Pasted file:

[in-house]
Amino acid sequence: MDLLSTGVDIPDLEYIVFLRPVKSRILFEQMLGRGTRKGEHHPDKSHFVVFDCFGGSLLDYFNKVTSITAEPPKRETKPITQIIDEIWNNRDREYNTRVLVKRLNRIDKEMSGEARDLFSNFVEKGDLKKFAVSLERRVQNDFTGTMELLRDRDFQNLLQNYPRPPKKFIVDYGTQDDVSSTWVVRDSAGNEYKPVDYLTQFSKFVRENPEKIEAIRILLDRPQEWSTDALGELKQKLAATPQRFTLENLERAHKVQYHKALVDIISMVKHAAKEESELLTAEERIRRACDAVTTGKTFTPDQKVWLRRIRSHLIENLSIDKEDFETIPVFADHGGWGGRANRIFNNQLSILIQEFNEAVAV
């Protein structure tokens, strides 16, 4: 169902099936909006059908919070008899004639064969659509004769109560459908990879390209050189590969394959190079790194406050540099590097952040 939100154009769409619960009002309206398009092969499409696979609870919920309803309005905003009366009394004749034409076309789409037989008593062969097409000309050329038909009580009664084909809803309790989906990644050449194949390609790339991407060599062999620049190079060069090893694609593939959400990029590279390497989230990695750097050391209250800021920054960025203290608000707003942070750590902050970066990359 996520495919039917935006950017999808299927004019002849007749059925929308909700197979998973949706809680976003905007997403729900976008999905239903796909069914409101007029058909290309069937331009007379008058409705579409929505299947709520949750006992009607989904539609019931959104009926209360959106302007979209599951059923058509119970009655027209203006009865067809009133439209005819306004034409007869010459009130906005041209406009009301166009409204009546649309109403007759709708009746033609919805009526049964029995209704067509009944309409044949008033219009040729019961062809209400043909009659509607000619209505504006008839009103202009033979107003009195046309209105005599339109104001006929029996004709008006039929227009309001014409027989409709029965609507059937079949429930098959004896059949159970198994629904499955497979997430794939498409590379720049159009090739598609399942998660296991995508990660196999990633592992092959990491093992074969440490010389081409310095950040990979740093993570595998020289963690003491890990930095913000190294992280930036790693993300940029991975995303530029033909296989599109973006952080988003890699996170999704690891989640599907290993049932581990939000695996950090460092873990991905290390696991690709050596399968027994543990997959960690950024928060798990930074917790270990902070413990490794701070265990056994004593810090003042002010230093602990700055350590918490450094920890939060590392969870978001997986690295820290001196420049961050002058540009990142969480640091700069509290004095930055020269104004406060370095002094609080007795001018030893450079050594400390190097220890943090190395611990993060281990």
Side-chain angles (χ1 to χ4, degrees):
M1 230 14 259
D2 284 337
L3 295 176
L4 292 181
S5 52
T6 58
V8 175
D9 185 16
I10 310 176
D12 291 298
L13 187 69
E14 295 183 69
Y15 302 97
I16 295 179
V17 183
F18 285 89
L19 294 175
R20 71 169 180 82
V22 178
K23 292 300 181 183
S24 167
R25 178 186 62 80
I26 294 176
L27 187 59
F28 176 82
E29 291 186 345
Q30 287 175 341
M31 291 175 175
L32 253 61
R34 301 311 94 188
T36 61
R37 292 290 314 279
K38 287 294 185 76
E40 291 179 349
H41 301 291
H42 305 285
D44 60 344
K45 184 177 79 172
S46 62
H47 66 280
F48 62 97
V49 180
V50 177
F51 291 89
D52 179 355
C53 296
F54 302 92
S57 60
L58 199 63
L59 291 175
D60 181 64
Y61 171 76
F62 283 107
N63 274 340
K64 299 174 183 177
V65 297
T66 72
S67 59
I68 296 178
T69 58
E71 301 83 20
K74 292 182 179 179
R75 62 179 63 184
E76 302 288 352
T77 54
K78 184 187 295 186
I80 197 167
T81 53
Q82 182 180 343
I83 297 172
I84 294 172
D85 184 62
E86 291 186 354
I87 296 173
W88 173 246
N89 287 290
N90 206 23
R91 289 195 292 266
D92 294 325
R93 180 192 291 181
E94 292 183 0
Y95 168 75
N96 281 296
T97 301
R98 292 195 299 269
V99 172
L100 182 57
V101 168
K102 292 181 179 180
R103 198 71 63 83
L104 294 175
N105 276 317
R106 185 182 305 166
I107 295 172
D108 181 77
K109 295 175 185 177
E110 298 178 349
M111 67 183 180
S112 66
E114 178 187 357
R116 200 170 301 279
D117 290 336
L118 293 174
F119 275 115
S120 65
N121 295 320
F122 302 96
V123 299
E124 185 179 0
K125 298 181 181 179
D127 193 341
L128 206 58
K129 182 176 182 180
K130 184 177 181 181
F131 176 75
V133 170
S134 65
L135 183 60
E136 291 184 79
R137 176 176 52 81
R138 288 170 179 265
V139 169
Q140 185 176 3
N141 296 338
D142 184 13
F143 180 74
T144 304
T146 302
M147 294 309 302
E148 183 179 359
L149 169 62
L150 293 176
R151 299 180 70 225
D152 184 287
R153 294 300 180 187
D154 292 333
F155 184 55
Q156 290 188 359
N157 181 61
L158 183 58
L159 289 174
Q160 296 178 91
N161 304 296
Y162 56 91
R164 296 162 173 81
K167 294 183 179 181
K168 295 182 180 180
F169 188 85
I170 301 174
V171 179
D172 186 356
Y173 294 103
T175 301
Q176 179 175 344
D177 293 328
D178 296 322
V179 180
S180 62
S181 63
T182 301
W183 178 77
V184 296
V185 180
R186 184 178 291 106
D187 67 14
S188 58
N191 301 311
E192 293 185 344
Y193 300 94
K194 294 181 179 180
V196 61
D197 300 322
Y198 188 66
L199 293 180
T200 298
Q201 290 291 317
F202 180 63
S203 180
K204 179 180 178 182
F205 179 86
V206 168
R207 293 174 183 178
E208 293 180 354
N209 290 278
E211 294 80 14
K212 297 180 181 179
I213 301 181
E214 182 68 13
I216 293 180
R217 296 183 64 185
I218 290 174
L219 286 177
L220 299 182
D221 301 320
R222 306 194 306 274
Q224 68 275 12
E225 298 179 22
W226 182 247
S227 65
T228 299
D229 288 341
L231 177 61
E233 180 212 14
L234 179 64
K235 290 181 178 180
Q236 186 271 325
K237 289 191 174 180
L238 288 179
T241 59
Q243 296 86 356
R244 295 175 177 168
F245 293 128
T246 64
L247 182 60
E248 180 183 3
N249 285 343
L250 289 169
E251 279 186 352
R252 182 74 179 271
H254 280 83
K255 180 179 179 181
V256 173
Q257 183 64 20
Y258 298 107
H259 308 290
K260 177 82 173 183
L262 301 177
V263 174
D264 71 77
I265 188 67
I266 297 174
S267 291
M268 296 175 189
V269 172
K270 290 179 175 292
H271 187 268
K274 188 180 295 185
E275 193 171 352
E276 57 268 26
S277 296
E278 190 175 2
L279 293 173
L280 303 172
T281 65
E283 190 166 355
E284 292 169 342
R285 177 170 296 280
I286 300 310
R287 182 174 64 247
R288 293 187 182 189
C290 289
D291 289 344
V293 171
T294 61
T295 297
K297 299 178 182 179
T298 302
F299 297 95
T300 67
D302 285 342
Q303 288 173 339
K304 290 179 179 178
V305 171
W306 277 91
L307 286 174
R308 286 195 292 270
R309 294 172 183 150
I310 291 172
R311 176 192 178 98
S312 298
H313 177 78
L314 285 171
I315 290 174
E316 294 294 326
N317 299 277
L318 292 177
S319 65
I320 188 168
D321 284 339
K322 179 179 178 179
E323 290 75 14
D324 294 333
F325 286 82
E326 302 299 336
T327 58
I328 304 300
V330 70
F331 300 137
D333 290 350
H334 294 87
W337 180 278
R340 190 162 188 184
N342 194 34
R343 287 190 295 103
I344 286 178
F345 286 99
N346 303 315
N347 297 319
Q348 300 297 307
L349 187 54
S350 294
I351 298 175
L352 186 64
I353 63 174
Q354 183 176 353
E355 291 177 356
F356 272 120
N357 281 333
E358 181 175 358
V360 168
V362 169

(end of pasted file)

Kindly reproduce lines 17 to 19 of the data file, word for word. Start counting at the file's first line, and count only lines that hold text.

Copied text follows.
Y15 302 97
I16 295 179
V17 183